7:03 PM

Matthew 10:34-36 - Lauren

"Do not suppose that I have come to bring peace to the earth. I did not come to bring peace, but a sword." How does such a statement reconcile with the image of Christ as Prince of Peace who praises peacemakers in Matthew 5? Has Jesus come to unite or to divide?

This sentiment of bringing the sword and dividing family members appears also in Luke 12:51, 53 as well as in the story of the second horse in Revelation 6. Similar language appears in the OT in Micah 7:6. This striking language, then, is not unique to Matthew. Davies and Allison speak of v. 34-36 in an eschatological fashion. Jesus is making it clear that his presence on the earth does not immediately usher in the promised time of eschatological peace. Rather, his coming exacerbates tensions and drives a time of intense tribulation (218-19). Jesus comes and divides the faithful from the unbelieving in shocking ways, as if familial ties were being destroyed with a sword. Luz focuses again on this dividing of family members. The image presented in v. 34-36 is one of the most radical love, in which home, family, possessions are counted as nothing in comparison with Christ (111). The most intimate of human bonds will be strained and must be counted as secondary in importance to the Lord.

These interpretations certainly shed light on the intensity of these verses for me, the absolute primacy of Christ above all things. However, I still find the image of the sword and the tossing aside of peace troubling. Earlier in this very chapter (v. 13), Jesus was speaking of the disciples' peace during their travels! If the author of Matthew is writing to a Jewish audience who has been waiting for a military Messiah, to what degree must we look at this passage in that light? Could such an image of sword have been incorporated into Jesus' discourse in order to appeal to these Jews?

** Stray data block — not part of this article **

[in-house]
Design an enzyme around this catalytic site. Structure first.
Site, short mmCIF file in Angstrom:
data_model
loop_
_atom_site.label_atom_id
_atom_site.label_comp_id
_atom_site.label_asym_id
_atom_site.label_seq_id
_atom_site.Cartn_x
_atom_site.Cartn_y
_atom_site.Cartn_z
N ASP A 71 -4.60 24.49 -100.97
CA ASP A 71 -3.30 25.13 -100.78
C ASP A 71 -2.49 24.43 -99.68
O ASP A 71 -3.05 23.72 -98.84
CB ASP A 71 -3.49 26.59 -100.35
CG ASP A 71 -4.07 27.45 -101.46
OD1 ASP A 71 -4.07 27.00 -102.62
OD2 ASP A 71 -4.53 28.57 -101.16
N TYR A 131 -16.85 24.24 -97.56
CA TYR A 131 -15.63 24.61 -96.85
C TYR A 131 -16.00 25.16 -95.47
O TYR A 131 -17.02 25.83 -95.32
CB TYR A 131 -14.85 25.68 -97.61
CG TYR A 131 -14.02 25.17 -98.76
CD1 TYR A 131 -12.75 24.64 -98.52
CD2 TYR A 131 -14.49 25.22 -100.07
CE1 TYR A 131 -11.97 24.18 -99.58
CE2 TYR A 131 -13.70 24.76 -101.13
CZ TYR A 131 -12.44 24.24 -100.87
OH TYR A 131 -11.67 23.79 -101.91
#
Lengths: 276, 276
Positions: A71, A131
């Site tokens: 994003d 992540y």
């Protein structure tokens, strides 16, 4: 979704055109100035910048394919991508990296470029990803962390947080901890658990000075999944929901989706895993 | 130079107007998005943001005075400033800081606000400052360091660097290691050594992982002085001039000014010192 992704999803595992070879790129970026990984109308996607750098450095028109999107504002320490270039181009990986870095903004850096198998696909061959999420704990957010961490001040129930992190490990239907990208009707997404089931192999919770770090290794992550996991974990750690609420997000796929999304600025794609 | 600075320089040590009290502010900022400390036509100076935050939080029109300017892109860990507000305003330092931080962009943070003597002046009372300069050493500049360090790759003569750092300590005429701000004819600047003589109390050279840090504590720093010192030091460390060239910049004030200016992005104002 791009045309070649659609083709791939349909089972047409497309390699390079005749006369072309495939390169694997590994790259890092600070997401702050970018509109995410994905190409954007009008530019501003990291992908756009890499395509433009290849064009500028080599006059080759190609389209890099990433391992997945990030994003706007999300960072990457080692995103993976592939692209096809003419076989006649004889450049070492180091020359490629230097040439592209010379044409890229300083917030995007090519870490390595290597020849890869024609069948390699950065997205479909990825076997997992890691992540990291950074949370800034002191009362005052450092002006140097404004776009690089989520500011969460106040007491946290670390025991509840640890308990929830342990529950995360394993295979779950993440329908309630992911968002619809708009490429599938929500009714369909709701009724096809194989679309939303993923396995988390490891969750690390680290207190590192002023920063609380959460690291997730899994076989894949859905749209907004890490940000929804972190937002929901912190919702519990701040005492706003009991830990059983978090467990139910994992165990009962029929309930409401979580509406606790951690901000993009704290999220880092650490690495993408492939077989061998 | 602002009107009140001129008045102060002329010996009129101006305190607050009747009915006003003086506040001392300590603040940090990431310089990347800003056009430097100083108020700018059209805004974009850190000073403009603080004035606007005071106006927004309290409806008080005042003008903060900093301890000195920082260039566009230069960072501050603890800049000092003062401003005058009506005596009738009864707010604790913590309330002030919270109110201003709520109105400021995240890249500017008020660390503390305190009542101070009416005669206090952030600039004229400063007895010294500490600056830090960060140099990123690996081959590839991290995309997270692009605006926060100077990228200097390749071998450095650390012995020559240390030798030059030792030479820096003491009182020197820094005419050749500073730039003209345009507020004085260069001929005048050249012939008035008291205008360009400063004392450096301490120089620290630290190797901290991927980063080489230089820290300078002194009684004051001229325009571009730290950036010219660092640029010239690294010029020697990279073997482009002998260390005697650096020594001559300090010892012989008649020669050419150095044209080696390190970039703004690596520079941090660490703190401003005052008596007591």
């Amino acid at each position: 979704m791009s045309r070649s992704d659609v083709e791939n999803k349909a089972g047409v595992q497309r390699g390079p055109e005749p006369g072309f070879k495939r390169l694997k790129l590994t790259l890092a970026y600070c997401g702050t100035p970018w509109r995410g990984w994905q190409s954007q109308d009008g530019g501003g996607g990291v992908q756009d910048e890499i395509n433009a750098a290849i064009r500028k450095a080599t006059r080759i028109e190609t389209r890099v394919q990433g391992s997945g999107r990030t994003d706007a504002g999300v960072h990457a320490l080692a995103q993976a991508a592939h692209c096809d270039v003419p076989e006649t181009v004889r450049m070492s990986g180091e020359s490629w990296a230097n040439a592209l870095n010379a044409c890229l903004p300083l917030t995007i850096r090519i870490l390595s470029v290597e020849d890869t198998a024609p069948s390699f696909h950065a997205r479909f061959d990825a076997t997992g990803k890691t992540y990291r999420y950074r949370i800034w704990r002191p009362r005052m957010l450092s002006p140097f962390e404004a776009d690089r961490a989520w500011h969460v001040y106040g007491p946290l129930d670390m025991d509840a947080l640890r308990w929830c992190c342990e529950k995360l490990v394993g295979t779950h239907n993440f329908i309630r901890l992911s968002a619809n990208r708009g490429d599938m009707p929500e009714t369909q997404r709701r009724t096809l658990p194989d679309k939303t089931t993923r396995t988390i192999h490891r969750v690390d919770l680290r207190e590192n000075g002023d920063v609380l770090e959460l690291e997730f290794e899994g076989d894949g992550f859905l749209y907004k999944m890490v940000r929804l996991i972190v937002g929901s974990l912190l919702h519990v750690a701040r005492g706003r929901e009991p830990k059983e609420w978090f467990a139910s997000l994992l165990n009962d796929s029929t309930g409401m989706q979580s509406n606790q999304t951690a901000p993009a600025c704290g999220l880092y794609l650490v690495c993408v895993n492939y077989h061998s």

Comment (1)

Why do you think Christians should be suspicious of the family? I imagine Jesus does not mean that he has come to set his disciples against one another. Is there something particular about the family that makes it ripe for division in the face of Jesus?

I'm intrigued by your suggestion that this talk of the sword might have appealed to Jews ready to oppose Rome with violence. In *The Politics of Jesus,* Yoder makes the case that most of Jesus' disciples seem to have come from among such Jews. Clearly Jesus maintained a discourse of intense resistance, though one might ask if recourse to violence would have been resistant enough for Jesus. Jesus' words themselves also seem to have divided, as listeners seem to have heard very different claims in the same words.

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